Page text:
elderly abuse

How Do Seniors Know They are Being Abused? 

Visiting your elders during the holidays is a special time for your family, and for some, it’s one of the few chances you get to enjoy a visit with them. While spending this cherished time with family, elderly abuse is the last thing you want to think about. 

Often, seniors may be embarrassed to speak about it or not be aware of what might be considered abusive behavior. It may not always be easy to identify signs of abuse in seniors, but it’s important to know the signs to ensure your loved one is safe, comfortable, and dignified in their living environment. 

So, what are the signs of elder abuse? We’re here to help you navigate the potential warning signs, so your family members can live safely and happily in assisted living or a nursing home.

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Why Elders Don’t Know or Communicate Their Abuse 

Many may think that the individual being abused will be able to identify or report abusive behaviors, but that is often not the case. There are many reasons a senior may not report abuse or be able to discuss the problem. Those reasons may include:

–       Physical or cognitive declines inhibiting ability to communicate effectively

–       Fear of the abuser retaliating 

–       A dependence on the abuser to provide basic needs like bathing or giving medication 

–       Fear of shame, self-blame, or getting the abuser in trouble

–       No one to share information with or not sure how to report the abuse

Signs of Abuse  

Identifying and reporting signs of elderly abuse often falls on family members, so it’s important to know the signs to look for to help advocate for your loved one and stop the abuse.

Physical abuse: Physical abuse can be identified as broken bones or fractures, broken possessions, bruises or welts, social withdrawal, or appearing on edge. While older individuals are more prone to trips and falls, injuries due to a fall and injuries due to abuse can be differentiated by a healthcare professional.

Sexual abuse: Sexual abuse can be identified by blood found on clothing or linens, changes in behavior, especially around certain people, bruises near genitals or breasts, torn or stained underwear, social withdrawal, angry outbursts, unexplained STIs, and vaginal or anal bleeding. Sexual abuse includes any kind of unwanted sexual interaction.

Financial abuse: Financial abuse involves the abuser manipulating the elderly individual into giving them access to their finances. Unfortunately, financial exploitation can be a common occurrence in senior living facilities. If you notice any missing money or belongings, this may be a sign that financial abuse is occurring.

Emotional abuse: Emotional abuse can be identified as the individual being fearful of being alone, behavioral changes such as social anxiety and loss of self-confidence, refusing medication, choosing not to eat, and repetitive actions such as mumbling or rocking back and forth. If you notice a sudden onset of these behaviors or your loved one is exhibiting several of the signs mentioned, this could indicate emotional abuse.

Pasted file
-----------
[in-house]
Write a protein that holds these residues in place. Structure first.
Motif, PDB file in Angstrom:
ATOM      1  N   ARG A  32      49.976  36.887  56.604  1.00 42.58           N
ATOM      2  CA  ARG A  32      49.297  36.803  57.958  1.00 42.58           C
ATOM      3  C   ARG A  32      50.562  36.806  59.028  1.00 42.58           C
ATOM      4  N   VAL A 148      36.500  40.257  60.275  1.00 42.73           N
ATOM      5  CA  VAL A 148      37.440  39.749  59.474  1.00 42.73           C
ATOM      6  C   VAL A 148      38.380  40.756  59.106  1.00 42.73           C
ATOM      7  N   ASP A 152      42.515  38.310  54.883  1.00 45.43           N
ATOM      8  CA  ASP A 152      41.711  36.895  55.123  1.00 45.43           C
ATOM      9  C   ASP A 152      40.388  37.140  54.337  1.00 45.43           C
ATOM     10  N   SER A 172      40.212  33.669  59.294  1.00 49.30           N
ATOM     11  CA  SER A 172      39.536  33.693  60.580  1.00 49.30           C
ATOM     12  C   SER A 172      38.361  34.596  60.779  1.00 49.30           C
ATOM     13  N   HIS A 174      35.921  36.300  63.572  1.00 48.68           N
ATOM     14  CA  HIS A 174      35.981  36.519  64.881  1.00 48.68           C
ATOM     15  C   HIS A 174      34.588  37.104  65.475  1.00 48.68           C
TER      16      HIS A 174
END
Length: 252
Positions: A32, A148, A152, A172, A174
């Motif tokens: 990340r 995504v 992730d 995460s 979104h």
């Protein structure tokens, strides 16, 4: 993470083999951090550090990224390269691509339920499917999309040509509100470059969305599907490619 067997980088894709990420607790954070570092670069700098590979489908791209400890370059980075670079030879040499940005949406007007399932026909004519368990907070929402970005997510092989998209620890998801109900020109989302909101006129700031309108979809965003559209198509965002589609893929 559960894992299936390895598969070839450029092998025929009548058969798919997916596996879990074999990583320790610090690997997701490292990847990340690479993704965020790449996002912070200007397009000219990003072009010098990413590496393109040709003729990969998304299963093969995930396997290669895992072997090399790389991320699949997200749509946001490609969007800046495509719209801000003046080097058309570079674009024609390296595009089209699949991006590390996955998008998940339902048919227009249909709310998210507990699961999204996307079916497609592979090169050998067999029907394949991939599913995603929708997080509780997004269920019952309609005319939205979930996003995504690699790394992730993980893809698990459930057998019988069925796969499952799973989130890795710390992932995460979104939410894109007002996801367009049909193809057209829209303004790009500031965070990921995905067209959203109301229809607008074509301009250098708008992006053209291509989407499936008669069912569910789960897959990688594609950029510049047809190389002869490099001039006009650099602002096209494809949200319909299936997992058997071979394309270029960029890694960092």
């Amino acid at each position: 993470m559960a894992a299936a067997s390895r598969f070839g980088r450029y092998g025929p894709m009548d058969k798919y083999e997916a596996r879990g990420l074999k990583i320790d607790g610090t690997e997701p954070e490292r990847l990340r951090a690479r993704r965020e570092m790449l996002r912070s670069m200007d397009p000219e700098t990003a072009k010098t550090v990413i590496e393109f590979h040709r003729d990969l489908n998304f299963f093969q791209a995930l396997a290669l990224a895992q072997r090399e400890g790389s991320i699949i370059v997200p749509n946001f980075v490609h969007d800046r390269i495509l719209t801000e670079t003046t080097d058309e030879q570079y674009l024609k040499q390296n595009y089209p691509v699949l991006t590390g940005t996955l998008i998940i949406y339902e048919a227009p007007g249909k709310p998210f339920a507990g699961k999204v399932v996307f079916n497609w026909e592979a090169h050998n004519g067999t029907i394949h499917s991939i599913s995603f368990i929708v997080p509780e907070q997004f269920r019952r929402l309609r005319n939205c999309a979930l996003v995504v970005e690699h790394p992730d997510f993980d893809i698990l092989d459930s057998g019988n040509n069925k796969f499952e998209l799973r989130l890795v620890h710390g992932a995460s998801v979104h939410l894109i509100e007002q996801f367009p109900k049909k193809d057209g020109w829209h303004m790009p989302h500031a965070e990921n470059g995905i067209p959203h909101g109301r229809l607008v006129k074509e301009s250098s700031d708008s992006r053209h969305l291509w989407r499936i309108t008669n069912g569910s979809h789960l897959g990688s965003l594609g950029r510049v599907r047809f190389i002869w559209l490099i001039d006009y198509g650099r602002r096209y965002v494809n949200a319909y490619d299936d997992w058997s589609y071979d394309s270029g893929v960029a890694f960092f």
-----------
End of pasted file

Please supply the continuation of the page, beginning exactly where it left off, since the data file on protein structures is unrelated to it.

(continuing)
Elder neglect: Signs of elderly abuse can simply be neglect. Acts of neglect involves the failure to meet a senior’s basic needs or keeping them out of harm’s way. This may look like failing to provide food, water, shelter, or proper medical care, as well as failing to protect the senior from falling, eloping, or overdose, for example. Family members may notice soiled or dirty clothing, unsanitary living conditions, abandonment, weight loss, dehydration, or the appearance of having too much or too little medication.

How to Help Your Elderly Family Member   

When your loved one is living in a senior care community, we know their comfort and safety is your main concern. If you’re concerned for their well-being or notice signs of abuse, there are ways to help your loved one in a way that protects them and their dignity. 

If your family member can’t remember how an injury occurred or if it is suspected that proper care has not been provided, you may be able to file a lawsuit for compensation for pain and suffering and cover any medical costs involved. Once you notice the signs of elderly abuse, it’s best to get an attorney if you suspect abusive behavior in your family member’s living facility. They can provide the resources and guidance to help you report the abuse to proper authorities and ensure your loved one’s rights are protected.

Reporting Elderly Abuse:

If this is an emergency,

Call 9-1-1 for immediate help

For non-life-threatening emergencies, here are resources to report elderly abuse:

  • National Elder Fraud Hotline
    1-833–FRAUD–11
    (or 833–372–8311)
    10AM – 6PM Eastern Time
    Monday – Friday
  • Eldercare Locator helpline
    1-800-677-1116

Seeking a Trusted Elderly Abuse Attorney, Ross Moore Law Can Help!

Visiting your loved ones who are in a senior living community should be full of happy memories and a highlight of your holiday season, but sometimes, your loved ones need your help more than ever. Attorney Ross Moore is always ready to guide you through the legal process and help your family members who may be experiencing nursing home abuse. 

Looking for a local personal injury attorney to handle your case? Our legal team at Ross Moore Law is eager to put our experience to work for you. Call us today or book a free consultation online!

Conveniently located in the heart of Atlanta, GA, we are proud to serve clients throughout the surrounding areas of Athens, Alpharetta, Marietta, and more! In addition to Georgia clients, we welcome Tennessee clients as well! Get in touch today.

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